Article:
(Reuters) - The New Hampshire Attorney General’s office said on Tuesday it is reviewing allegations of mismanagement and conflicts of interest at Dartmouth College’s $3.4 billion endowment.
The Attorney General’s office received an anonymous letter in February alleging that Dartmouth’s endowment steered business to well-known investment firms like Apollo Global Management (APO.N) and Lone Pine Capital, which were owned by members of the Ivy League college’s board of trustees and investment committee.
“We are reviewing it and looking into the issue in that regard,” said Anthony Blenkinsop, director of the charitable trusts unit of the state attorney general’s office. He declined to comment further.
The letter alleged some powerful and wealthy Dartmouth alumni had “directed the college’s three billion dollar endowment to themselves, their firms and their friends.” The letter, which claimed to be written by former and current faculty, said the investments were conflicts of interest with the college’s not-for-profit status.
Dartmouth, situated in Hanover, New Hampshire, denied any wrongdoing. “The investments are explicitly legal and entirely proper,” Dartmouth spokesman Justin Anderson said. In all cases, Dartmouth’s initial investments with the firms occurred prior to the individuals becoming trustees, he said.
“For firms managed by individuals who are trustees of Dartmouth, New Hampshire law imposes special requirements to assure that the transaction is conducted on an arms-length basis and is in the best interests of the non-profit organization,” the college said in a statement. “Dartmouth complies with these requirements.”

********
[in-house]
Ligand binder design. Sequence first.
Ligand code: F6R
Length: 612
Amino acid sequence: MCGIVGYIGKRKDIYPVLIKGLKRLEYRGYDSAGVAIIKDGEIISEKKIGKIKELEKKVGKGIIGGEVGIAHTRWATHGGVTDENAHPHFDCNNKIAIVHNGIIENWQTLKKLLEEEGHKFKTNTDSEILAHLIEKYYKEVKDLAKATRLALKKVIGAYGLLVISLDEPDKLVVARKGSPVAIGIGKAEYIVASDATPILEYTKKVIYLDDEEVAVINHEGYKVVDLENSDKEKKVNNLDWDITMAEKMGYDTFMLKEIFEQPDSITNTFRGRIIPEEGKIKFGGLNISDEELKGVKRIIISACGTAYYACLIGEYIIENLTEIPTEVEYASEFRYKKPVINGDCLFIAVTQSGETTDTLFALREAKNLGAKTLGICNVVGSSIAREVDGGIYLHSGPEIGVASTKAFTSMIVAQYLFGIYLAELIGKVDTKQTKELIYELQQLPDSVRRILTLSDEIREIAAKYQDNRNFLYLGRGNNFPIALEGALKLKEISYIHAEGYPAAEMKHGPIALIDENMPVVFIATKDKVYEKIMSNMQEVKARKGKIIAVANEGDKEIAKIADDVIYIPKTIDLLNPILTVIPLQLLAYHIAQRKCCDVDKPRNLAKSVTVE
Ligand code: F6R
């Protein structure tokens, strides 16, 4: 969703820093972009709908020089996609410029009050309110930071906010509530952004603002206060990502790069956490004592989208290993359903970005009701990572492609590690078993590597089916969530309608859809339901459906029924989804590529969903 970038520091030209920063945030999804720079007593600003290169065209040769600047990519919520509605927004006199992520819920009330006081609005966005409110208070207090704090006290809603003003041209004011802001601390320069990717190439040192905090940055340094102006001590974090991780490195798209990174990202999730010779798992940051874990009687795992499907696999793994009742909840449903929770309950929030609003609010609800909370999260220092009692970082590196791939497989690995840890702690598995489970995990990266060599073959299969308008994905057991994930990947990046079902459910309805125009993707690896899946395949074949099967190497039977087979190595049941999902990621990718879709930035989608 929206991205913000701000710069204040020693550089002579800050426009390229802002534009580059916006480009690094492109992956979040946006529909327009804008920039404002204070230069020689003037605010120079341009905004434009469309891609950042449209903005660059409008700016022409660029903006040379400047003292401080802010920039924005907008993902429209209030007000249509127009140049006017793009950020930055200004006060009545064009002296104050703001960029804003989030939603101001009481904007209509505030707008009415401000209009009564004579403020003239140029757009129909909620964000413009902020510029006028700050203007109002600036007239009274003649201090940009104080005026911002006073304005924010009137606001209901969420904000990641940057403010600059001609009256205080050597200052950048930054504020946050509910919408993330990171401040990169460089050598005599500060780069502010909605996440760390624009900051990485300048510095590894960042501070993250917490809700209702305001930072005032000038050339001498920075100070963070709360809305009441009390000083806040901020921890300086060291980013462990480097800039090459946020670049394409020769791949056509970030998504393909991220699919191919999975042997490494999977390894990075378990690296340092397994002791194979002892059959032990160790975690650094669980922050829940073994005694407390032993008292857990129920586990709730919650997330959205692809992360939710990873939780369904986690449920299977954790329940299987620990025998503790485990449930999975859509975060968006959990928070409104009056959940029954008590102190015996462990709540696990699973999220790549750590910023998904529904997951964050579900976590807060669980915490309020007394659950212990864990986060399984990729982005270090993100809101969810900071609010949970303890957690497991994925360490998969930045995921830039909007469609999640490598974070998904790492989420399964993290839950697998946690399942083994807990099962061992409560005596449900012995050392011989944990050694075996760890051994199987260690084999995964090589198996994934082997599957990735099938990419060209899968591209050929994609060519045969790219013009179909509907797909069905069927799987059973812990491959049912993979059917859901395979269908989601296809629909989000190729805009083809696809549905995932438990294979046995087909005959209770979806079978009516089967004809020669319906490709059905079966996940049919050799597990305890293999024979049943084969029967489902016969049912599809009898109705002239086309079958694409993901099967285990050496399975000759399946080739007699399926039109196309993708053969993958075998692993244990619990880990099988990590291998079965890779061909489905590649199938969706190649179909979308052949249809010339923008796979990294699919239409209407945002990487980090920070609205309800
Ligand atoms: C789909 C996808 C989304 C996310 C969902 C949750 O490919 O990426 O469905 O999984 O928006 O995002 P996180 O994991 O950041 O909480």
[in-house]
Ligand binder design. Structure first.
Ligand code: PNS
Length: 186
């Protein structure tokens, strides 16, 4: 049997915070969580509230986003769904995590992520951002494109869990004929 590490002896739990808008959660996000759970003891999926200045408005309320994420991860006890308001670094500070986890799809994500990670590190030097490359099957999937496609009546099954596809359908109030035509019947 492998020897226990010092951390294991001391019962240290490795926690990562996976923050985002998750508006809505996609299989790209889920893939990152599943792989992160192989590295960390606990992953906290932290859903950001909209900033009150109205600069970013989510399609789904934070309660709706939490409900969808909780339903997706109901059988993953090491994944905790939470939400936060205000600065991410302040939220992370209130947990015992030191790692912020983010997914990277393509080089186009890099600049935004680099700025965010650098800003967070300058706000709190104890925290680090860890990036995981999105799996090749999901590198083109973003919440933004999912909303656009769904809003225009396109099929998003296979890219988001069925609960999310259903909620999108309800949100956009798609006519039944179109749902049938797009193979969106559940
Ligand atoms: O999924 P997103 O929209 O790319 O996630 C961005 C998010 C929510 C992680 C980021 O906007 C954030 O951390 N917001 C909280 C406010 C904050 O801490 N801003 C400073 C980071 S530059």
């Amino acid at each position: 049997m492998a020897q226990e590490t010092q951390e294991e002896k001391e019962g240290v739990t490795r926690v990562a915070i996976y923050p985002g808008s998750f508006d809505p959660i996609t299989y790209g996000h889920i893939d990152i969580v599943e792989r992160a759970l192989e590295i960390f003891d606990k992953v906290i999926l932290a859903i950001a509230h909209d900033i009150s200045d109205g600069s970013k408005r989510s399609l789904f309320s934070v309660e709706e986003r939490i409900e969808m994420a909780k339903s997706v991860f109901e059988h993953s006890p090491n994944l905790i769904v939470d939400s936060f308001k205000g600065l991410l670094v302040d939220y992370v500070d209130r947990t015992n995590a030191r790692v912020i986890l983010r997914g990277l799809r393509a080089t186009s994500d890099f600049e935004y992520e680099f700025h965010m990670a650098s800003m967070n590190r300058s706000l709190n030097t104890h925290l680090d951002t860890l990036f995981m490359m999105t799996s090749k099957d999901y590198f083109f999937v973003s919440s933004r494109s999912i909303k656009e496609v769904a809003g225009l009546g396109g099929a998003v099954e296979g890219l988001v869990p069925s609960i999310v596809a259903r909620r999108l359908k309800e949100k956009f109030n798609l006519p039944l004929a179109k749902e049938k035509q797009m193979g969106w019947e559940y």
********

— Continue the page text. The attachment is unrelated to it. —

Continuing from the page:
Lone Pine Capital is run by Stephen Mandel, a 1978 graduate of Dartmouth and chairman of the college’s board of trustees. Mandel is also helping Dartmouth search for a new president after its previous president, Jim Yong Kim, was named to head the World Bank last month.
Lone Pine did not immediately return a call for comment.
Apollo Global Management founder Leon Black served as a trustee from 2002 until 2011. Earlier this year, he and his wife agreed to donate $48 million to the college for a new visual arts center. Black and his firm declined to comment, spokeswoman Carolyn Sargent said.
Dartmouth’s endowment was the 23rd-largest in the United States last year, ranking just behind those of Vanderbilt University and ahead of New York University, according to the National Association of College and University Business Officers.
The fund gained 18.4 percent for the year ended June 30, 2011, trailing a benchmark index of similar foundations and endowments by 1.6 percentage points, Dartmouth reported in its most recent endowment report. Over the past 10 years, the fund gained an average of 7 percent a year, beating the benchmark by 1.1 percentage points annually.
The contents of the anonymous letter were publicly disclosed last week by Dartblog.com, a blog that reports on Dartmouth news.
Reporting by Aaron Pressman and Svea Herbst in Boston and Katya Wachtel in New York; Editing by Dan Grebler